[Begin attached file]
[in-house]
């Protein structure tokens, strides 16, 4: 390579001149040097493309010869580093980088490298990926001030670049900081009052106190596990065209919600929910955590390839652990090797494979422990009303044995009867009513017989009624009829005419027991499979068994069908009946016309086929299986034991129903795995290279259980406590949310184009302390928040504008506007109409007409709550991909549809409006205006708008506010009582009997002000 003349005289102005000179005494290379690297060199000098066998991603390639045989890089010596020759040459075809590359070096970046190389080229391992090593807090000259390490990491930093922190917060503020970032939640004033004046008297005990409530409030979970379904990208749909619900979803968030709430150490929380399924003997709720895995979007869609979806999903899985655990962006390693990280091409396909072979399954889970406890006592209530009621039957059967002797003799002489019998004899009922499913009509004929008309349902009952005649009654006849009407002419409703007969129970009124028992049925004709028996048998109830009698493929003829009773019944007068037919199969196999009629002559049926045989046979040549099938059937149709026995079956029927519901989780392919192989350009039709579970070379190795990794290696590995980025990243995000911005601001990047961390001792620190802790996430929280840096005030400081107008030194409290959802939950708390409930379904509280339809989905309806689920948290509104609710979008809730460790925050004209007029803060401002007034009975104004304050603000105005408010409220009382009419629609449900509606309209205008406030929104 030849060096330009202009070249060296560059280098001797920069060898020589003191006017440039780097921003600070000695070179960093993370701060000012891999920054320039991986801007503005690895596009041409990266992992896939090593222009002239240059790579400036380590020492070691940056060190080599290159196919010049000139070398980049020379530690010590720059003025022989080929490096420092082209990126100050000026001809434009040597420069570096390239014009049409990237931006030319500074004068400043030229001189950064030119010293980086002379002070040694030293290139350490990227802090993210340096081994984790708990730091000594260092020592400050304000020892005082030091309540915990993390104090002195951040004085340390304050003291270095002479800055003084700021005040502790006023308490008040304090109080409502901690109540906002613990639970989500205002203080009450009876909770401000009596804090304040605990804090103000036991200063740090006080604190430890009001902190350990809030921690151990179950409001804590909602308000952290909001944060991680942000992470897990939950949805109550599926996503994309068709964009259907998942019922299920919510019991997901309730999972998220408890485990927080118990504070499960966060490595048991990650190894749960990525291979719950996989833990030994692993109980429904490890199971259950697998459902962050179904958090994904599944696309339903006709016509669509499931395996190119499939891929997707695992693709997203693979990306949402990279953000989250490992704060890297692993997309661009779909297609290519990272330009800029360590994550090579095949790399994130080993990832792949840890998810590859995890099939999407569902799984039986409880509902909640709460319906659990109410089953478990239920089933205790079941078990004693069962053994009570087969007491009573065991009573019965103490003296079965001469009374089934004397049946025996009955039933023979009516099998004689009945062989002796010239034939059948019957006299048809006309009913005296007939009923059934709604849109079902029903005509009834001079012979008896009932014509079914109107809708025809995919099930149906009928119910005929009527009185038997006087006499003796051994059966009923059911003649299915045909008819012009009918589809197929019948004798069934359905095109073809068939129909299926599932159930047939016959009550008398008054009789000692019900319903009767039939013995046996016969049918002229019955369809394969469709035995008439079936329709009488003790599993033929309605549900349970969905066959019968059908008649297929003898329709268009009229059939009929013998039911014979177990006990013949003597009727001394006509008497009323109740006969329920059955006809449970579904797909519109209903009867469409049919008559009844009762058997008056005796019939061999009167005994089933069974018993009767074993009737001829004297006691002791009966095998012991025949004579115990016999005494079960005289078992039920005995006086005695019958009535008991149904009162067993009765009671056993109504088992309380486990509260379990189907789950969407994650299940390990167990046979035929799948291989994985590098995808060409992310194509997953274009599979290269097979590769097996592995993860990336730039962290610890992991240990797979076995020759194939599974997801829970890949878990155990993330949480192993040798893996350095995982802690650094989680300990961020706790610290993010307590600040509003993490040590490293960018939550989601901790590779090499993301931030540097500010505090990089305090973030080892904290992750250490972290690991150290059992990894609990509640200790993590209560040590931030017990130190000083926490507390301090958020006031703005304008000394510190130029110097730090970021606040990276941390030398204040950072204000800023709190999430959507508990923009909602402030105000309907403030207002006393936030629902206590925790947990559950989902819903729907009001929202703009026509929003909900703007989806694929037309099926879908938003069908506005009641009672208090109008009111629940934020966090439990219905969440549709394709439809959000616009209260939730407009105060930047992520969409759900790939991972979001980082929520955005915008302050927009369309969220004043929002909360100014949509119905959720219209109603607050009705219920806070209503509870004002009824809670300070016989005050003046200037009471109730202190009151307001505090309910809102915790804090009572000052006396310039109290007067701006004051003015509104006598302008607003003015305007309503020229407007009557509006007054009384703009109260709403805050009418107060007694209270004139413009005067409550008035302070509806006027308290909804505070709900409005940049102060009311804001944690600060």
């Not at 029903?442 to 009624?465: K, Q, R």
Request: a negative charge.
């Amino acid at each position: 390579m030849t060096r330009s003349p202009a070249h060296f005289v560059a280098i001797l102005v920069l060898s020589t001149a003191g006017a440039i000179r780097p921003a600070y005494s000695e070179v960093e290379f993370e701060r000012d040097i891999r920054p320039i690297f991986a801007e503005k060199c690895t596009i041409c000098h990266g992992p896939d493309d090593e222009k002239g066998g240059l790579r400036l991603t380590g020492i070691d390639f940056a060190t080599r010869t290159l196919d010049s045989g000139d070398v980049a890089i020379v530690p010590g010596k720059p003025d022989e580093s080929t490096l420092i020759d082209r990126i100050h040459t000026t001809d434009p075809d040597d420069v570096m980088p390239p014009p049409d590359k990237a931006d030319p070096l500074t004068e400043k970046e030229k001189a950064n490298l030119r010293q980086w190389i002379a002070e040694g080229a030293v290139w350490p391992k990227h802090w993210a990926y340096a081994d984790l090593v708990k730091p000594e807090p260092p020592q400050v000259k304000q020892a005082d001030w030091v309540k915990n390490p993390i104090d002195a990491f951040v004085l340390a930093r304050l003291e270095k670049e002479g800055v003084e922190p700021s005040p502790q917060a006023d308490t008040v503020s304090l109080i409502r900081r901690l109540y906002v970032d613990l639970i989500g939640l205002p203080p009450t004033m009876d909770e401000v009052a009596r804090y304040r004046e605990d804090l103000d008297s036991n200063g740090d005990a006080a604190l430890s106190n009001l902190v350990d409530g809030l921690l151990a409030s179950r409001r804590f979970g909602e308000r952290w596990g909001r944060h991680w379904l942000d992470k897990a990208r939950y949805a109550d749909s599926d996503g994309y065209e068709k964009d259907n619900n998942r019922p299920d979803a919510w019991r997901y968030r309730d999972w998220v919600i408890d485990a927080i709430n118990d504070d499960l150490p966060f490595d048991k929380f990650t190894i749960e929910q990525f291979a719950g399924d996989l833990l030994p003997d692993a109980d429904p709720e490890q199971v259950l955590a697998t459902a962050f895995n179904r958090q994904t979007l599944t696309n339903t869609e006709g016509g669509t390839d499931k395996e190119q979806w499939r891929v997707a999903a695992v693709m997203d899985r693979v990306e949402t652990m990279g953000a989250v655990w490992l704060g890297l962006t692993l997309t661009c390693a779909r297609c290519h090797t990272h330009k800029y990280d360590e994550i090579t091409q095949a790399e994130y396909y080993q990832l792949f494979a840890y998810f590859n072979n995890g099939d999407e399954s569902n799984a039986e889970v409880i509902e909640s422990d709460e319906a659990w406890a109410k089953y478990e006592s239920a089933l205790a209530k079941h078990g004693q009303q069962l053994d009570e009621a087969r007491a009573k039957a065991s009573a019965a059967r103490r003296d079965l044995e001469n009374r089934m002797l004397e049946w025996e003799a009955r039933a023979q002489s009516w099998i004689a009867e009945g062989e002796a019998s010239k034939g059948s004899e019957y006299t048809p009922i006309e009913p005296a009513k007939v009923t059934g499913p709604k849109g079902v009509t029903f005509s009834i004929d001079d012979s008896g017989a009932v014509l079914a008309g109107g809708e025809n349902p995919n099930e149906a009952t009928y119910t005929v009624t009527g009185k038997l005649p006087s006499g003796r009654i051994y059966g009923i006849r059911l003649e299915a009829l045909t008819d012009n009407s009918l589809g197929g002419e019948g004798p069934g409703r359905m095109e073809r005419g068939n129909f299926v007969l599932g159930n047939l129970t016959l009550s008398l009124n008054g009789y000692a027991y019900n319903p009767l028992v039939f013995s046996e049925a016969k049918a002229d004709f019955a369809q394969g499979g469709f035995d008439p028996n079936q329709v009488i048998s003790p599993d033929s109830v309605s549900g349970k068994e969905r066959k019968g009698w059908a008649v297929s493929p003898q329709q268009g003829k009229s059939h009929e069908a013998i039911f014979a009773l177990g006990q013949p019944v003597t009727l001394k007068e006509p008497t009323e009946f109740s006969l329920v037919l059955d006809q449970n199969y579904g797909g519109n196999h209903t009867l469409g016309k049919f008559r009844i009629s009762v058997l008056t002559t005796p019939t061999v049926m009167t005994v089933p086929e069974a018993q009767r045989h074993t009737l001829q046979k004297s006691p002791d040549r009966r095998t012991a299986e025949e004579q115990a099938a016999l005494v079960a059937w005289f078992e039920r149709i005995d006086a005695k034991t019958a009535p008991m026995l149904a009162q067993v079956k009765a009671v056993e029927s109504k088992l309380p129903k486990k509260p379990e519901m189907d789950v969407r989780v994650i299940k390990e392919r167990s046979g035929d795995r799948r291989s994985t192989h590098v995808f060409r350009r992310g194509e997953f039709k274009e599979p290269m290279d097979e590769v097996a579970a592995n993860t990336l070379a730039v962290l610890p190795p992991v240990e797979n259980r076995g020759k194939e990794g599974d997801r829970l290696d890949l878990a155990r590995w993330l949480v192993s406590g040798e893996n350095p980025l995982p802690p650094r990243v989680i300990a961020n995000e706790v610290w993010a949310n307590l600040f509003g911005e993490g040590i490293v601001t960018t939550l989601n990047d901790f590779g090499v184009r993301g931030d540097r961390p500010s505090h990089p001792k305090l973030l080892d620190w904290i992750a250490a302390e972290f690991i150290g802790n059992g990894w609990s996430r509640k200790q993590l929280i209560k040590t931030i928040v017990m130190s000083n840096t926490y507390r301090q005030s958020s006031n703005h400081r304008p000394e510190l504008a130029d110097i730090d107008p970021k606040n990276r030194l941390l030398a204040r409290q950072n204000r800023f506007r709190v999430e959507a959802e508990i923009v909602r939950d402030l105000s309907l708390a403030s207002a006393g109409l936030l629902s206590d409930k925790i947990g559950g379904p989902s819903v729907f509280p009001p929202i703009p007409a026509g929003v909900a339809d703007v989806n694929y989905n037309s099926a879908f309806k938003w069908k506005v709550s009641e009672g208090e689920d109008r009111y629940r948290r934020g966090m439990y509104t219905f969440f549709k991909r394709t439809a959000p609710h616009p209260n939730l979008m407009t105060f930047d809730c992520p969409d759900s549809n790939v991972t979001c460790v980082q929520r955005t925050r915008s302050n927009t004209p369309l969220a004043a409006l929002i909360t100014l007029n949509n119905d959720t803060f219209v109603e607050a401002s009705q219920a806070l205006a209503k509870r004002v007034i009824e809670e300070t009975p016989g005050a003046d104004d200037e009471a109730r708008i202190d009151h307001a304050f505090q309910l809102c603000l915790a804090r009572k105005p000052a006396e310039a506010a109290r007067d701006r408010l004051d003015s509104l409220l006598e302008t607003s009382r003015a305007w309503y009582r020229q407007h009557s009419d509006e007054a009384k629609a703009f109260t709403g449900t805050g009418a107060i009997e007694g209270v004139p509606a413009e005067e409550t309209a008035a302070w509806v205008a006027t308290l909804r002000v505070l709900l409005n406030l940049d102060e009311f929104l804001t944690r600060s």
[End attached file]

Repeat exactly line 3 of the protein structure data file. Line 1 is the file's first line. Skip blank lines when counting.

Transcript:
């Not at 029903?442 to 009624?465: K, Q, R």